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Research Papers

Numerical Studies on Hydrogen Distribution in Enclosures in the Presence of Condensing Steam

[+] Author and Article Information
Nilesh Agrawal

Safety Research Institute,
Atomic Energy Regulatory Board (IERB),
IGCAR Campus,
Government of India,
Kalpakkam 603102, Tamil Nadu, India
e-mail: nilesh_agrawal@igcar.gov.in

Sarit K. Das

Department of Mechanical Engineering,
Indian Institute of Technology Madras,
Chennai 600036, India

1Corresponding author.

Contributed by the Heat Transfer Division of ASME for Publication in the JOURNAL OF HEAT TRANSFER. Manuscript received May 21, 2014; final manuscript received April 22, 2015; published online August 11, 2015. Assoc. Editor: Sumanta Acharya.

J. Heat Transfer 137(12), 121008 (Aug 11, 2015) (10 pages) Paper No: HT-14-1330; doi: 10.1115/1.4030924 History: Received May 21, 2014

Hydrogen release in confined spaces is an important safety issue, which is even more important in the context of severe accident in nuclear reactors. In severe accidents, hydrogen release is associated with release of steam and the condensation of steam on walls leads to increase in concentration of hydrogen in residual gas as well as condensation induced mixing. In the present paper, a model for falling film steam condensation in the presence of noncondensable gases is presented. The steam condensation model is incorporated into an in-house developed cfd code called hydrogen distribution simulator (HDS) and is used for hydrogen distribution studies. The validation of the CFD model with steam condensation against the experimental results from the CONAN facility is discussed. Subsequently, the model is applied to a typical release situation involving release of hydrogen and steam for some time and its distribution for a long time beyond it. The heat and mass transfer aspects of the problem are highlighted. It is seen that steam condensation has an important bearing on the distribution of hydrogen and the mixing behavior of gases in the enclosure.

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References

Figures

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Fig. 2

Schematic representation of solution domain for implementation of steam condensation model

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Fig. 3

Schematic representation for calculation of average mass fraction of noncondensable gases

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Fig. 1

Schematic diagram for the steam condensation model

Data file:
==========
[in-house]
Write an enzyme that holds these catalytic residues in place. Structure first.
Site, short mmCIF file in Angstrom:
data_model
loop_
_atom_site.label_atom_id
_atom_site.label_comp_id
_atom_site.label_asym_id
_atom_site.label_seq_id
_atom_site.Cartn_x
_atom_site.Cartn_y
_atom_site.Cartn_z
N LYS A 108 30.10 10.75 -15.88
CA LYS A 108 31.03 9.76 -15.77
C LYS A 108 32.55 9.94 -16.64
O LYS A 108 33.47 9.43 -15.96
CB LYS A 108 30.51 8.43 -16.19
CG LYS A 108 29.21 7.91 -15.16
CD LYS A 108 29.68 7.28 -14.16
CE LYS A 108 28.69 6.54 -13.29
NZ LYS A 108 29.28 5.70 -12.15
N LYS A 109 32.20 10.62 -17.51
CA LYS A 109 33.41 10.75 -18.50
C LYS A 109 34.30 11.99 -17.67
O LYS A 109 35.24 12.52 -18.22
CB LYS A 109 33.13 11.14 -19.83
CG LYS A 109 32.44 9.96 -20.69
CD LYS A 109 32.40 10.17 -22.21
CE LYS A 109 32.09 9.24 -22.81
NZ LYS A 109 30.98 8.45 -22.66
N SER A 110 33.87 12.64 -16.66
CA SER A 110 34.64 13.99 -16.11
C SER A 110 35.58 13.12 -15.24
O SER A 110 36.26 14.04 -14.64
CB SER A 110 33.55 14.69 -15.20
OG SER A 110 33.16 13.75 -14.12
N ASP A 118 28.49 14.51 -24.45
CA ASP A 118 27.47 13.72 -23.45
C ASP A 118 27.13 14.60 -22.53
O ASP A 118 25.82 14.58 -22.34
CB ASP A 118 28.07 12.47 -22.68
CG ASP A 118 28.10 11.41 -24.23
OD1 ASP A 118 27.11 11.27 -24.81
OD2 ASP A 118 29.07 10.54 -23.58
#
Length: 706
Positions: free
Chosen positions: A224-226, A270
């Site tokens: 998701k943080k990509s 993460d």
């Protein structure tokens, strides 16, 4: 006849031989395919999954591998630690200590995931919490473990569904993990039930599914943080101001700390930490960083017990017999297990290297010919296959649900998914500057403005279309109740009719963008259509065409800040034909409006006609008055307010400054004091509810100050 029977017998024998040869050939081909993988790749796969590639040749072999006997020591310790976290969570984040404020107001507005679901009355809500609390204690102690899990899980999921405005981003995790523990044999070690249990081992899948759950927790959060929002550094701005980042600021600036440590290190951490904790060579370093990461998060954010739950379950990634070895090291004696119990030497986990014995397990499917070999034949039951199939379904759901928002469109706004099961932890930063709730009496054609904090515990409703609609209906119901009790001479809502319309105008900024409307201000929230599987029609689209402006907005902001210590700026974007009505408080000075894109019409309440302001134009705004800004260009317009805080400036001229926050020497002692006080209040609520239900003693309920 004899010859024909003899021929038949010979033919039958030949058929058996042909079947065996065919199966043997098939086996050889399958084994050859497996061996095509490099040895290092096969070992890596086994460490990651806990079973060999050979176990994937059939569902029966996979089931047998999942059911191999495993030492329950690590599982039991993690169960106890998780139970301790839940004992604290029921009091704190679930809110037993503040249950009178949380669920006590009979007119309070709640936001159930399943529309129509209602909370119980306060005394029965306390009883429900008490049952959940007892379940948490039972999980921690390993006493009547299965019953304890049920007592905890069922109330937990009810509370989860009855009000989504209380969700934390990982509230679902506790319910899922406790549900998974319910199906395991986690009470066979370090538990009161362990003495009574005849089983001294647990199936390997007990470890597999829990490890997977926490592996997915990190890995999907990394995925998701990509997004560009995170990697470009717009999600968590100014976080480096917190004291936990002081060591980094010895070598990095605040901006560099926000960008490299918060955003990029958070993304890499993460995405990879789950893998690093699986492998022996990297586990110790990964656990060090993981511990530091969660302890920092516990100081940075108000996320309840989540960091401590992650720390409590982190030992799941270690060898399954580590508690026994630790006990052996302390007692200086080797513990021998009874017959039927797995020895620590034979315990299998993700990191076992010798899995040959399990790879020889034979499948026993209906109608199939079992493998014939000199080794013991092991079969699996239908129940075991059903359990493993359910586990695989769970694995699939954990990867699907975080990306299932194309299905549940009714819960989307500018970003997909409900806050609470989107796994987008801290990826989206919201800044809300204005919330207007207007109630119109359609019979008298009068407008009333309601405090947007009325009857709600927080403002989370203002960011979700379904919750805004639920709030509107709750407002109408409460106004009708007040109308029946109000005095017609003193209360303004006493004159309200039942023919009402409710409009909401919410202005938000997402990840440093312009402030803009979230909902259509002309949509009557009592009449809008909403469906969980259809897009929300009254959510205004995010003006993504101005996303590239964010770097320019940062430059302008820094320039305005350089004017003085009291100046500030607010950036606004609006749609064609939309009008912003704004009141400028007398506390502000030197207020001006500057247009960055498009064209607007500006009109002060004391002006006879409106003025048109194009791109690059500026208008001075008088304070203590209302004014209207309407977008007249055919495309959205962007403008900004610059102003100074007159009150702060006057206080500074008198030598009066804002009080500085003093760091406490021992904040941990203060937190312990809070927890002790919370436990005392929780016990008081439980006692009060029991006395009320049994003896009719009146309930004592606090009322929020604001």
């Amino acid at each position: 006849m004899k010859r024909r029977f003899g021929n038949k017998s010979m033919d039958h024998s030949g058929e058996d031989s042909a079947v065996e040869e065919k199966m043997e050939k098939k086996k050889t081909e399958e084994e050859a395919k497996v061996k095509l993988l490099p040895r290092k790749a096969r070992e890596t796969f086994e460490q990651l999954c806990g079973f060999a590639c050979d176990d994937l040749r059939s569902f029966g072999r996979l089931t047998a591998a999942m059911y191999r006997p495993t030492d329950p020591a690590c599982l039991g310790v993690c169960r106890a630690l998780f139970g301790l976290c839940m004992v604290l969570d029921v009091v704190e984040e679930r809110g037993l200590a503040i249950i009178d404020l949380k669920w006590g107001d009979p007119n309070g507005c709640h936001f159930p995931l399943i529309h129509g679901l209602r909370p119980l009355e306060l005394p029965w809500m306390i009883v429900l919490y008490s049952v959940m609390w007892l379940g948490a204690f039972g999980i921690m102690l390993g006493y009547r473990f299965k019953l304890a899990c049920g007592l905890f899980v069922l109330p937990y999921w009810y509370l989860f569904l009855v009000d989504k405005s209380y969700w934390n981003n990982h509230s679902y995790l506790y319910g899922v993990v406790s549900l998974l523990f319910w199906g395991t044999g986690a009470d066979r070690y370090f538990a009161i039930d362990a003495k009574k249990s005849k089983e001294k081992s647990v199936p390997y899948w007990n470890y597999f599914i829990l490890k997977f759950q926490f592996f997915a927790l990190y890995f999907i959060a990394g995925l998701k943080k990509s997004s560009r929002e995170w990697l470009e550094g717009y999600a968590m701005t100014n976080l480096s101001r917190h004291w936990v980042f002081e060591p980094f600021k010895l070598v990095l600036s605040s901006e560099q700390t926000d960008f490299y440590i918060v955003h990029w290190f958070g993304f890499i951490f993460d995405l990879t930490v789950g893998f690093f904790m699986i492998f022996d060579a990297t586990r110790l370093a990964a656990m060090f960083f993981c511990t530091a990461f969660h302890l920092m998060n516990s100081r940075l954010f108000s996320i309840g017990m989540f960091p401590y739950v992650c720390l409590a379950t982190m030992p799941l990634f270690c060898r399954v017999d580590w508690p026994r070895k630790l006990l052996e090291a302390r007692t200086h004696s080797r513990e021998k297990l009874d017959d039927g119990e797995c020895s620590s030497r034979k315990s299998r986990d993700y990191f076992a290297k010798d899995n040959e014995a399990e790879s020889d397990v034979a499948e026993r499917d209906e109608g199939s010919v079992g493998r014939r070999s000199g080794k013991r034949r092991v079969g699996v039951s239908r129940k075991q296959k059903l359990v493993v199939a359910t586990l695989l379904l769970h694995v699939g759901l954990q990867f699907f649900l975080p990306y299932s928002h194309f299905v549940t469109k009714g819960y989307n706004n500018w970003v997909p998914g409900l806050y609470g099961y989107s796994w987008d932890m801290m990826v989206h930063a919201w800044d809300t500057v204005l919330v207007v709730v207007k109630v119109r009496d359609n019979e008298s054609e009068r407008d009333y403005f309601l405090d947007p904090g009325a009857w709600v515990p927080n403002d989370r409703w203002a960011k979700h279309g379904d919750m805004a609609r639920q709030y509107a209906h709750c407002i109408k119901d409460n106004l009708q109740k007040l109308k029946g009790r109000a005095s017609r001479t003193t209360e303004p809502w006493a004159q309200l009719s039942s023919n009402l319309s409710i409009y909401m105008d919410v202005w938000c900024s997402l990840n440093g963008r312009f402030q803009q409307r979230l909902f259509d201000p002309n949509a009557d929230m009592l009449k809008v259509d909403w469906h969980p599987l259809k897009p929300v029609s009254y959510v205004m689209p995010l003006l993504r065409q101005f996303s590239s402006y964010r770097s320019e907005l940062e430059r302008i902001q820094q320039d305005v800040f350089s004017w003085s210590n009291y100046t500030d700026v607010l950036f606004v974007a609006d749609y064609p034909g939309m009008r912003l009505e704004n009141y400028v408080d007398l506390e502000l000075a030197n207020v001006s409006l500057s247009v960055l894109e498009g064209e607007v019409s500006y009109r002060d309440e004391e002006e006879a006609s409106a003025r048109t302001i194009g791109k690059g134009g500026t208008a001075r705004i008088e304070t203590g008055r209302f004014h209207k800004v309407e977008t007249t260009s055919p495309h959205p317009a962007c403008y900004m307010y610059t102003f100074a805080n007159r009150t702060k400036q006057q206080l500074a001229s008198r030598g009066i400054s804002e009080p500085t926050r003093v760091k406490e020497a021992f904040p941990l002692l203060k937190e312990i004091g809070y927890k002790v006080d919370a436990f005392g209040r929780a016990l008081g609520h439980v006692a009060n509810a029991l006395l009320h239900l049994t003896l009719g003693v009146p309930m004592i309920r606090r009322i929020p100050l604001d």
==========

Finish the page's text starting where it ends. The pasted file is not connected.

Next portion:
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Fig. 4

Solution domain for validation of steam condensation model

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Fig. 5

Variation of heat flux in the study of condensation in CONAN facility

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Fig. 7

Profiles of velocity ratio at midheight horizontal plane of the computational domain for (a) cases A1 and A2 and (b) cases B1 and B2

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Fig. 8

Profiles of hydrogen mole fraction at midheight horizontal plane of the computational domain for (a) cases A1 and A2 and (b) cases B1 and B2

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Fig. 9

Contour plots of hydrogen mole fraction for case A2 (without steam condensation) and case B2 (with steam condensation)

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Fig. 6

Geometry, initial, and boundary conditions for study of the effect of steam condensation on mixing and flammability of a stratified layer of hydrogen–steam and air

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Fig. 10

Ternary diagram for evolution of the jet of hydrogen-steam and air in cases A1 and A2 and B1 and B2

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Fig. 11

Plot of average mole fraction (Xav) with time for cases A1 and A2 and cases B1 and B2

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Fig. 12

Plot of nonuniformity index (χ) with time for cases A1 and A2 and cases B1 and B2

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Fig. 13

Plot of deflagration volume fraction (Vdef) with time for cases A1 and A2 and cases B1 and B2

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Fig. 14

Plot of deflagration pressure ratio (Pdef) with time for cases A1 and A2 and cases B1 and B2

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